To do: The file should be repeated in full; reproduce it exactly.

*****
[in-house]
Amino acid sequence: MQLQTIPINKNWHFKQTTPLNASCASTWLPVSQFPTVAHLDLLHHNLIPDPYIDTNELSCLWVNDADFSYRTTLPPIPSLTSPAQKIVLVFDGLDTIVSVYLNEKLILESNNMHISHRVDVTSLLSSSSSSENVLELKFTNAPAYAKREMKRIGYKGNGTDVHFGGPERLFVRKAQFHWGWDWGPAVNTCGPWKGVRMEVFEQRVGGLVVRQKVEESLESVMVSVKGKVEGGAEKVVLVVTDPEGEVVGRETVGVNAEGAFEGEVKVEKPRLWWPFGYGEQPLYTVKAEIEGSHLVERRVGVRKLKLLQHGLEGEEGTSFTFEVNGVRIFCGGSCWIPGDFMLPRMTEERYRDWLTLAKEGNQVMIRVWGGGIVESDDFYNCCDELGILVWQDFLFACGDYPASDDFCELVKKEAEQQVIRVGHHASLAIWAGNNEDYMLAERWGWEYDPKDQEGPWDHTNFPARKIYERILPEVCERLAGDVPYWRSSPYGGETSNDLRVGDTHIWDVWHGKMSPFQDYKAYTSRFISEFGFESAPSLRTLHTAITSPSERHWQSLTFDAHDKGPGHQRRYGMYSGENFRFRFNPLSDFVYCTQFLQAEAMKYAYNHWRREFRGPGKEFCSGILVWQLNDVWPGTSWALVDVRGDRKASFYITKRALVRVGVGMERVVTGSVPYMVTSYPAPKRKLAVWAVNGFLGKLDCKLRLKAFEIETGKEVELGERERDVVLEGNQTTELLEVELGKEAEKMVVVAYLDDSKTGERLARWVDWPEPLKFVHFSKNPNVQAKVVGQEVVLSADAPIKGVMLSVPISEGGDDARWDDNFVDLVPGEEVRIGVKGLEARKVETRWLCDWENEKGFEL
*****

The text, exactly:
[in-house]
Amino acid sequence: MQLQTIPINKNWHFKQTTPLNASCASTWLPVSQFPTVAHLDLLHHNLIPDPYIDTNELSCLWVNDADFSYRTTLPPIPSLTSPAQKIVLVFDGLDTIVSVYLNEKLILESNNMHISHRVDVTSLLSSSSSSENVLELKFTNAPAYAKREMKRIGYKGNGTDVHFGGPERLFVRKAQFHWGWDWGPAVNTCGPWKGVRMEVFEQRVGGLVVRQKVEESLESVMVSVKGKVEGGAEKVVLVVTDPEGEVVGRETVGVNAEGAFEGEVKVEKPRLWWPFGYGEQPLYTVKAEIEGSHLVERRVGVRKLKLLQHGLEGEEGTSFTFEVNGVRIFCGGSCWIPGDFMLPRMTEERYRDWLTLAKEGNQVMIRVWGGGIVESDDFYNCCDELGILVWQDFLFACGDYPASDDFCELVKKEAEQQVIRVGHHASLAIWAGNNEDYMLAERWGWEYDPKDQEGPWDHTNFPARKIYERILPEVCERLAGDVPYWRSSPYGGETSNDLRVGDTHIWDVWHGKMSPFQDYKAYTSRFISEFGFESAPSLRTLHTAITSPSERHWQSLTFDAHDKGPGHQRRYGMYSGENFRFRFNPLSDFVYCTQFLQAEAMKYAYNHWRREFRGPGKEFCSGILVWQLNDVWPGTSWALVDVRGDRKASFYITKRALVRVGVGMERVVTGSVPYMVTSYPAPKRKLAVWAVNGFLGKLDCKLRLKAFEIETGKEVELGERERDVVLEGNQTTELLEVELGKEAEKMVVVAYLDDSKTGERLARWVDWPEPLKFVHFSKNPNVQAKVVGQEVVLSADAPIKGVMLSVPISEGGDDARWDDNFVDLVPGEEVRIGVKGLEARKVETRWLCDWENEKGFEL